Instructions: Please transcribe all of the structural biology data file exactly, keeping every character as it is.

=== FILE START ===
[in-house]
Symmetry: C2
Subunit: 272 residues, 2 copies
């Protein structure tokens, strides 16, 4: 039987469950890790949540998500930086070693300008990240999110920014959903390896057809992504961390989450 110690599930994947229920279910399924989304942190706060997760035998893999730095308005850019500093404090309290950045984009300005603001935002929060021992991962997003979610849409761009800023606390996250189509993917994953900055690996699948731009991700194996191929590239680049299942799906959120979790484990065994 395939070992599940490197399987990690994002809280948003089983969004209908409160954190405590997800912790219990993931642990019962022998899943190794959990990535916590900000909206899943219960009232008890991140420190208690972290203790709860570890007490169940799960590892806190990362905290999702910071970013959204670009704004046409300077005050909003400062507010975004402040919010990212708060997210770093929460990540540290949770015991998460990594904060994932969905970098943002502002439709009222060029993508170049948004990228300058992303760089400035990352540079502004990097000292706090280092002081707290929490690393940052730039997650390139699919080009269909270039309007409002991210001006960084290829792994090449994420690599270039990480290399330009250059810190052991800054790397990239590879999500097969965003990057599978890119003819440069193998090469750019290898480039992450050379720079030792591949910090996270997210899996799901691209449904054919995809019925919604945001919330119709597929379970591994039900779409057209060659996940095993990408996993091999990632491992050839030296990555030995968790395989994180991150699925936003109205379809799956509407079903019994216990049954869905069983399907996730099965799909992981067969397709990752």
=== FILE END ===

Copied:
[in-house]
Symmetry: C2
Subunit: 272 residues, 2 copies
């Protein structure tokens, strides 16, 4: 039987469950890790949540998500930086070693300008990240999110920014959903390896057809992504961390989450 110690599930994947229920279910399924989304942190706060997760035998893999730095308005850019500093404090309290950045984009300005603001935002929060021992991962997003979610849409761009800023606390996250189509993917994953900055690996699948731009991700194996191929590239680049299942799906959120979790484990065994 395939070992599940490197399987990690994002809280948003089983969004209908409160954190405590997800912790219990993931642990019962022998899943190794959990990535916590900000909206899943219960009232008890991140420190208690972290203790709860570890007490169940799960590892806190990362905290999702910071970013959204670009704004046409300077005050909003400062507010975004402040919010990212708060997210770093929460990540540290949770015991998460990594904060994932969905970098943002502002439709009222060029993508170049948004990228300058992303760089400035990352540079502004990097000292706090280092002081707290929490690393940052730039997650390139699919080009269909270039309007409002991210001006960084290829792994090449994420690599270039990480290399330009250059810190052991800054790397990239590879999500097969965003990057599978890119003819440069193998090469750019290898480039992450050379720079030792591949910090996270997210899996799901691209449904054919995809019925919604945001919330119709597929379970591994039900779409057209060659996940095993990408996993091999990632491992050839030296990555030995968790395989994180991150699925936003109205379809799956509407079903019994216990049954869905069983399907996730099965799909992981067969397709990752």